--> Abstract: Timing, Kinematics and Exploration Significance of Growth Detachment Folding in the Cuban Fold-Thrust Belt, by J. L. Masaferro, J. Poblet, M. Bulnes, and G. Eberli; #90914(2000)

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J.L. Masaferro1, J. Poblet2, M. Bulnes2, G. Eberli3
(1) Shell International Exploration and Production, Rijswijk, Netherlands
(2) Universidad de Oviedo, Oviedo, Spain
(3) University of Miami, Miami, FL

Abstract: Timing, kinematics and exploration significance of growth detachment folding in the Cuban fold-thrust belt

In this presentation, we analyse the evolution of the Santaren anticline, which is a seismically well-imaged growth detachment fold located in the outermost part of the Cuban fold-thrust belt in the Bahamas foreland. Carbonate sedimentation coeval to anticline growth provides an excellent opportunity to study the relationships between sedimentation and anticline uplift through time.

A complete record of well-dated carbonate syntectonic sediments documents fold kinematic evolution from Middle Eocene to Pliocene/present day, and reveals an approximately constant and very slow growth rate from Lower Miocene to Pliocene/present day. Average fold-growth rates were extremely slow, at least for the last 19 Ma, ranging between 0.006 and 0.014 mm/a for the variation of crestal structural relief, and 0.001 mm/a for the shortening. A detailed geometrical analysis of the architecture of the growth beds allowed us also to document the nature of fold growth and the major controls that sedimentation and fold uplift have on the origin of lapout geometries. The results revealed the episodic nature of anticline growth implying that the amplification of the Santaren anticline was a discontinuous process characterised by several tectonic uplift pulses of different duration and intensity interrupted by periods of variable duration in which no fold growth occurred.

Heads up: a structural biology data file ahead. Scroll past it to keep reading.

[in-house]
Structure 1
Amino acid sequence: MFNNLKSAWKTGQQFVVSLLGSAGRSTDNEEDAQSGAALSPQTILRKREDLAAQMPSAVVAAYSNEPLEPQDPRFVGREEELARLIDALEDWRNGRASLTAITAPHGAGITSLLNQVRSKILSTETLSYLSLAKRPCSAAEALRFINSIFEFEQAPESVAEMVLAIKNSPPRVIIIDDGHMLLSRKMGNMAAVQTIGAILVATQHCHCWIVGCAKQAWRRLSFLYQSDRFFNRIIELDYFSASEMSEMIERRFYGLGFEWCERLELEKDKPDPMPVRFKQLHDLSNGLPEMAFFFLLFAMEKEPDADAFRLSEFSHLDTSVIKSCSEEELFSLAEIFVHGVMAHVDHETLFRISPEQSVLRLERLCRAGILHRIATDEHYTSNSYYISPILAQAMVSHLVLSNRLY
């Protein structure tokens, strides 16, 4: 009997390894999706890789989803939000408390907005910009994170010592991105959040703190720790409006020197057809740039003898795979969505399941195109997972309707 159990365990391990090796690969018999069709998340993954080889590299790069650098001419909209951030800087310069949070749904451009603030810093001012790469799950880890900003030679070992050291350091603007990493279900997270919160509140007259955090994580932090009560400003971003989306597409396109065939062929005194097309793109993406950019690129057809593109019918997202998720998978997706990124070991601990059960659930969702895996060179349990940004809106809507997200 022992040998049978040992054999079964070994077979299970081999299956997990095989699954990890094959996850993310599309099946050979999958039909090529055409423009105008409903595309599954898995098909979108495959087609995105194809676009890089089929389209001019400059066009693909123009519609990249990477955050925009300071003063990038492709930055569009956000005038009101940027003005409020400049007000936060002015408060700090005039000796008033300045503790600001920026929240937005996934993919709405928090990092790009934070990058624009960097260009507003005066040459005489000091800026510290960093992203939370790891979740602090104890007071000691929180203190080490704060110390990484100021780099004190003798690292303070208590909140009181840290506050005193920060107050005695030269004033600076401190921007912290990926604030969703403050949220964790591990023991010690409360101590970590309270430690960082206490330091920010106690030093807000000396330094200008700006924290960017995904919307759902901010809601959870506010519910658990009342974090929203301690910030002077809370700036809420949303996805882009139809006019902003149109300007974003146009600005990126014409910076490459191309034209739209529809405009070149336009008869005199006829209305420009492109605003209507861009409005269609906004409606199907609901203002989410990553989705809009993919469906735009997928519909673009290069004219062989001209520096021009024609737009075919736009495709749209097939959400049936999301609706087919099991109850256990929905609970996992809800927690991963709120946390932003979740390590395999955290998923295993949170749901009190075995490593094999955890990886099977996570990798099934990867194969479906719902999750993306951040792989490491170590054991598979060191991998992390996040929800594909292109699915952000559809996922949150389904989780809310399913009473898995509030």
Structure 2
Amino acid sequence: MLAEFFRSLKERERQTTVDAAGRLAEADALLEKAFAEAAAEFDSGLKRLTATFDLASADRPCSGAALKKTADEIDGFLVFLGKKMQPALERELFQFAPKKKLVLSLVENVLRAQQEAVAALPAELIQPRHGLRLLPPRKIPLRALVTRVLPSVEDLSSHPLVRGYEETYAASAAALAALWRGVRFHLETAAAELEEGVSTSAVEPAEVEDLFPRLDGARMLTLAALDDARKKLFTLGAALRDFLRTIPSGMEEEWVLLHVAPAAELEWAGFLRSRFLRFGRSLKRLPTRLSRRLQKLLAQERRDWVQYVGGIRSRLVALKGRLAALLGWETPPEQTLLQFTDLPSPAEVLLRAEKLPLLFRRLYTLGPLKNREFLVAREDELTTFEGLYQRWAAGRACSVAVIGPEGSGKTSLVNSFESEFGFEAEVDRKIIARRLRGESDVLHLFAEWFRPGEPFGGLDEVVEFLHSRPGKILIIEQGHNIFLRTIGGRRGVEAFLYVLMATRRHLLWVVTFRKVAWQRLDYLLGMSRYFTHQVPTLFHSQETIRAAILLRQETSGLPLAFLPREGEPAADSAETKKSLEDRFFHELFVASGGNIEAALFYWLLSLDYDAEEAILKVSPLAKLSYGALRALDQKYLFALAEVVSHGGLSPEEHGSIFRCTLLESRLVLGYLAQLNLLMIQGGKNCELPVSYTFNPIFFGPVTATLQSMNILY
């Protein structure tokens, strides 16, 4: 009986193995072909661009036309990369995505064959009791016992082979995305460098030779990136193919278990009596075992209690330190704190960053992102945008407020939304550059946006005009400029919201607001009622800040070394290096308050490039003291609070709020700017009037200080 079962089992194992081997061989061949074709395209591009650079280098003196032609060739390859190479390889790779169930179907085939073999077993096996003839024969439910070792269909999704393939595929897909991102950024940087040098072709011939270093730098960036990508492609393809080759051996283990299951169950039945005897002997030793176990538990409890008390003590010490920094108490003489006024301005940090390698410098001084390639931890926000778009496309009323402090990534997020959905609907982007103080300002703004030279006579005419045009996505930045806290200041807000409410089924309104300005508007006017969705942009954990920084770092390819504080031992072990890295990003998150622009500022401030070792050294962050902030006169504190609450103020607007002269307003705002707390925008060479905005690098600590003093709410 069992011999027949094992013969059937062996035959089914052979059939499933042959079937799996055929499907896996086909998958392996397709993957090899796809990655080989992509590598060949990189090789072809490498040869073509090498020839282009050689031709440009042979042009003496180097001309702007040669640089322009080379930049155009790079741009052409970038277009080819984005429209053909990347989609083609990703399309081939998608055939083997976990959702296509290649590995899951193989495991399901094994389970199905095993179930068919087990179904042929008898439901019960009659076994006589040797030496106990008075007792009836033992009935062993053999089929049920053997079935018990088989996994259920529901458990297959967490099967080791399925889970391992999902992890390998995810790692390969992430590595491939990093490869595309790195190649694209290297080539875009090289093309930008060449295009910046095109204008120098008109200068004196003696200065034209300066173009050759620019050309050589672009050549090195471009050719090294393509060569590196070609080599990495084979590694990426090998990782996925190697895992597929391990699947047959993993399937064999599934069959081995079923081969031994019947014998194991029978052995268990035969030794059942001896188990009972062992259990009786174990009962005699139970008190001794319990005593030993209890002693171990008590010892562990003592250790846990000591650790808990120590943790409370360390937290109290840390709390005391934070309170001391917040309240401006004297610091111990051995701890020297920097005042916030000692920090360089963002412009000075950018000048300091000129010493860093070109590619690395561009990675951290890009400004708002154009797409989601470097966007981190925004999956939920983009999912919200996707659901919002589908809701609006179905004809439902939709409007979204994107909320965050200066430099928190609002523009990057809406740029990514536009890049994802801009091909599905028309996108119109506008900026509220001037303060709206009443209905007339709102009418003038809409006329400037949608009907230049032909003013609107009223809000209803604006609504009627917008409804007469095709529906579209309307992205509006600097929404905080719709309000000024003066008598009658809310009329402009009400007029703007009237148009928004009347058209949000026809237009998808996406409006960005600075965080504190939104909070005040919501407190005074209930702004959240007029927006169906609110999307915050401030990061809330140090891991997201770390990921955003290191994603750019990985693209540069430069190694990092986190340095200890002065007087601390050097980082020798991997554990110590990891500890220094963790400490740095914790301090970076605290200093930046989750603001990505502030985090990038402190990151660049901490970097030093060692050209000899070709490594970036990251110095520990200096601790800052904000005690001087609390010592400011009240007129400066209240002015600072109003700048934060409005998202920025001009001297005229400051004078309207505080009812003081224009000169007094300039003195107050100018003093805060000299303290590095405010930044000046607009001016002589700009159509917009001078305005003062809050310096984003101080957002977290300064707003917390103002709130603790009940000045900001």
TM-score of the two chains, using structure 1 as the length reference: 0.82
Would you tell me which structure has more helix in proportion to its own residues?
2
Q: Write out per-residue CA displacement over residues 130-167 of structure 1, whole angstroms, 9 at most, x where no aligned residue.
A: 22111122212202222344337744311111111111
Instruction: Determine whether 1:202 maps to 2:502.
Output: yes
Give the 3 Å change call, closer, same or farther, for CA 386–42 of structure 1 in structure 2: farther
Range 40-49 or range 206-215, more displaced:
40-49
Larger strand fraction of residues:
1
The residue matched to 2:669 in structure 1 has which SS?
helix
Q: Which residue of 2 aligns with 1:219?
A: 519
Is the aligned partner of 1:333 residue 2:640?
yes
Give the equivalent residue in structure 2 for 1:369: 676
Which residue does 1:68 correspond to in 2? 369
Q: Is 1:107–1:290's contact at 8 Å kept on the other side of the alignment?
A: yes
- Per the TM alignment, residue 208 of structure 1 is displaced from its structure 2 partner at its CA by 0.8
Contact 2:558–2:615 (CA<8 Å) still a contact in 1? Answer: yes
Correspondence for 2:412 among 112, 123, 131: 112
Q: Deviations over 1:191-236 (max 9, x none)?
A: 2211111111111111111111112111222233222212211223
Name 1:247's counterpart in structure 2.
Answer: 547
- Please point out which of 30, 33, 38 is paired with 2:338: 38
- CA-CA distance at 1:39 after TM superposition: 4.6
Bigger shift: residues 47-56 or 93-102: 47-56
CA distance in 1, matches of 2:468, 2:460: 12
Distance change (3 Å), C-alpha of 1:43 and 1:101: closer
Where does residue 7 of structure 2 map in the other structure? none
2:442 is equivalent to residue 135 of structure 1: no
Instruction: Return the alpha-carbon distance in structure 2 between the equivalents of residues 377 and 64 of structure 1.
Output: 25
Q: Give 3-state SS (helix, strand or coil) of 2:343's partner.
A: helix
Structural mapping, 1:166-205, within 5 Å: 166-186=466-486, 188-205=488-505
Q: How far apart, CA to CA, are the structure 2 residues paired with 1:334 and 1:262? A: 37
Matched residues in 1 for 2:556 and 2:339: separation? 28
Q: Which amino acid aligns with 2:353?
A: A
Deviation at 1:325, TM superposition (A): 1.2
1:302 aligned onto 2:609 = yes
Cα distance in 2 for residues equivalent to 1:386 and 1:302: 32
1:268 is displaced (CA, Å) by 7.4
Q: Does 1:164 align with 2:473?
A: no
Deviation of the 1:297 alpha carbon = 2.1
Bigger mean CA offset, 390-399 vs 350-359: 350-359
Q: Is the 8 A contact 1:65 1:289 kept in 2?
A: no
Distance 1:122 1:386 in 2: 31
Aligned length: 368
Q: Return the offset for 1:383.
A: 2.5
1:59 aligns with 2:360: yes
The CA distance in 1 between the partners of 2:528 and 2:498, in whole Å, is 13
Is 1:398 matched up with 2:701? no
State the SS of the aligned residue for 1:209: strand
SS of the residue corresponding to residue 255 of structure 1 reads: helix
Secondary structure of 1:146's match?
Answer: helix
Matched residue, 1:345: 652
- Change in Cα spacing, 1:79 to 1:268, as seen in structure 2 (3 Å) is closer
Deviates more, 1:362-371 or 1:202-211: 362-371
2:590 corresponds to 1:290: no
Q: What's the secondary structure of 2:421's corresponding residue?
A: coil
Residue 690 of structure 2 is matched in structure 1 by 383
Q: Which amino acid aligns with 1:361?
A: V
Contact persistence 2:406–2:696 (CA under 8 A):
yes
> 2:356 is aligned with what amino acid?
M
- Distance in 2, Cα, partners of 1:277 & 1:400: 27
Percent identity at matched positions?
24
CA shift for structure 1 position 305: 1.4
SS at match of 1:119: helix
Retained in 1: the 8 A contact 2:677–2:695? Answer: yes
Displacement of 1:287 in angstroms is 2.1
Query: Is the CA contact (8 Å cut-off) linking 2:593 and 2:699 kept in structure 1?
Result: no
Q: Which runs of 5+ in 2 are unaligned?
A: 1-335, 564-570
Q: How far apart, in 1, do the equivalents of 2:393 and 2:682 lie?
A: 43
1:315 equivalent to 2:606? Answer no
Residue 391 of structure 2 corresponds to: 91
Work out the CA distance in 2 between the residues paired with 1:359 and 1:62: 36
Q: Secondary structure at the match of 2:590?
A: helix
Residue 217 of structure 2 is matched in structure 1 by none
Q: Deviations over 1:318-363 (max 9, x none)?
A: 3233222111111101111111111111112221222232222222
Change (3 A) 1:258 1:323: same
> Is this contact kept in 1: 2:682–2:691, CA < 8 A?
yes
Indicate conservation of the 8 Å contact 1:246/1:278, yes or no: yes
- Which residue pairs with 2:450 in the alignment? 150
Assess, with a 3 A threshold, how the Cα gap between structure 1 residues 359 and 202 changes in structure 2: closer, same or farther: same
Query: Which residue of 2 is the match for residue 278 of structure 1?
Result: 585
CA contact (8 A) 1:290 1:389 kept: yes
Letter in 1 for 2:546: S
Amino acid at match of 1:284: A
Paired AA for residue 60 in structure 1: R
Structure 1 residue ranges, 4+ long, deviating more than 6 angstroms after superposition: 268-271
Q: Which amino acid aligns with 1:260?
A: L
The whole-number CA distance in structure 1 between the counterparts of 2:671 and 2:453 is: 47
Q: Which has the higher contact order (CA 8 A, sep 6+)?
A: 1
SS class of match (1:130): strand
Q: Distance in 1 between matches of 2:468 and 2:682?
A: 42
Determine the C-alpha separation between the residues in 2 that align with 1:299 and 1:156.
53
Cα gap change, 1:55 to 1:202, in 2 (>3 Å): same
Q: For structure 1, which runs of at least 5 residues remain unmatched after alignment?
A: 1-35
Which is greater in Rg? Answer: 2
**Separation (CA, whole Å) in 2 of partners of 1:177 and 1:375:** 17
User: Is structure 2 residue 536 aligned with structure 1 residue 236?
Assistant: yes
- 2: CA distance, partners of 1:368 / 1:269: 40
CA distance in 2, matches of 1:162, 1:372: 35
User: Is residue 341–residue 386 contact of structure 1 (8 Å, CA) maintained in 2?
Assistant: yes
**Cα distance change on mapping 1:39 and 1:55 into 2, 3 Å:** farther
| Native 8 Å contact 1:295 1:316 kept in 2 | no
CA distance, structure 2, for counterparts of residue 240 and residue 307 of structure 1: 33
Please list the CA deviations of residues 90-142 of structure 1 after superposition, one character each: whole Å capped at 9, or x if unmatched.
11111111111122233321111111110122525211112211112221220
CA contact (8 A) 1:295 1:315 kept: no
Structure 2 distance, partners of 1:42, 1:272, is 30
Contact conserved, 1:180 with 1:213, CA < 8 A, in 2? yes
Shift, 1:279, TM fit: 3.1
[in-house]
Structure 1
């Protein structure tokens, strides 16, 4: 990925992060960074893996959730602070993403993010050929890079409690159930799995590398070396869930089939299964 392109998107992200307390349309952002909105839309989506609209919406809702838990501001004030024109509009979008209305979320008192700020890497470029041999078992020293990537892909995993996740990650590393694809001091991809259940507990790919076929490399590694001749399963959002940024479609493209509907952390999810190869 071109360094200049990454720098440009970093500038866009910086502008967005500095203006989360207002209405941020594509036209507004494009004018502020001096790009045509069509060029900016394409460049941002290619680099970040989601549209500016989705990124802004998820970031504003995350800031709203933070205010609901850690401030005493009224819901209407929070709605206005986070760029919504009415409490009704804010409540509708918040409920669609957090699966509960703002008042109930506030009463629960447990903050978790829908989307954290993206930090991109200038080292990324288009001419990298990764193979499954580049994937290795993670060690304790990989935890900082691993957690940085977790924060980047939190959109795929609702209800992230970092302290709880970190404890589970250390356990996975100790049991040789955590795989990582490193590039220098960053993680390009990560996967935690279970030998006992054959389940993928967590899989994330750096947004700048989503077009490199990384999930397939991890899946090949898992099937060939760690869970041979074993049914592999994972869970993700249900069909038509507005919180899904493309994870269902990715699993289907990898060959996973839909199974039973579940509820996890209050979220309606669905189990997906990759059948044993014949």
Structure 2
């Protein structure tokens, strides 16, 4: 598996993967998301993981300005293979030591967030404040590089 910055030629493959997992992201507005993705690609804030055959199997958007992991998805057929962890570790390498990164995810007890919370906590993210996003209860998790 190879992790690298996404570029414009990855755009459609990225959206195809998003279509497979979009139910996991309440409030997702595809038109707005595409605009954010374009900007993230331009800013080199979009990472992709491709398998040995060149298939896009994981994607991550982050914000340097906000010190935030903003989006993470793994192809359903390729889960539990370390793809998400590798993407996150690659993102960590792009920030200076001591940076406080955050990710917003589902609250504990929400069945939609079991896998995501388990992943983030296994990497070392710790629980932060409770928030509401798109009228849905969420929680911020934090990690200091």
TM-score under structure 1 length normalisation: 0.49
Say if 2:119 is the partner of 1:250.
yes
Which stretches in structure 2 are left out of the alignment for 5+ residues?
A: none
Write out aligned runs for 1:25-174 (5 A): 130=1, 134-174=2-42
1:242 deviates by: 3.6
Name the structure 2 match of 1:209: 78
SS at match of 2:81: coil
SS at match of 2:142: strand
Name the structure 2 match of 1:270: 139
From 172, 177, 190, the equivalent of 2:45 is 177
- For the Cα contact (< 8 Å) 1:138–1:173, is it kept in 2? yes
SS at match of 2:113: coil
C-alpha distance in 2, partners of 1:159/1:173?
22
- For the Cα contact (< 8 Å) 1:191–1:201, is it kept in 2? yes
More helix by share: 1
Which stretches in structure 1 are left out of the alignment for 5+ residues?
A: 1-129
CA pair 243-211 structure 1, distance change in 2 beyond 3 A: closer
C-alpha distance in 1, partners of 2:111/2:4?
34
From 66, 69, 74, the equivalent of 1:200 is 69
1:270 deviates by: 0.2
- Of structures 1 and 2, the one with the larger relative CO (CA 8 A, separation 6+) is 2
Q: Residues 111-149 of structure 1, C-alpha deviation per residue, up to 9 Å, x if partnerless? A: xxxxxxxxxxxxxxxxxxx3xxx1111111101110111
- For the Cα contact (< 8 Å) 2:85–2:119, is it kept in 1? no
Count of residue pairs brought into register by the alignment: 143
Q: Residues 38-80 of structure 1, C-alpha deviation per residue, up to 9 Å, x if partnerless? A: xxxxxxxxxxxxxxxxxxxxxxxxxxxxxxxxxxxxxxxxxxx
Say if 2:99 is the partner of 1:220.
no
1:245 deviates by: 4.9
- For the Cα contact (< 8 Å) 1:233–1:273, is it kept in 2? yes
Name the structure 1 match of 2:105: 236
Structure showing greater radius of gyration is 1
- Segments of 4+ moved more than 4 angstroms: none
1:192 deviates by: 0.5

Detailed quantification of the fold growth has critical importance from an exploration point of view since it provides with an accurate record of the timing of trap formation in relation to hydrocarbon migration in the offshore Cuban/Bahamas region.

AAPG Search and Discovery Article #90914©2000 AAPG Annual Convention, New Orleans, Louisiana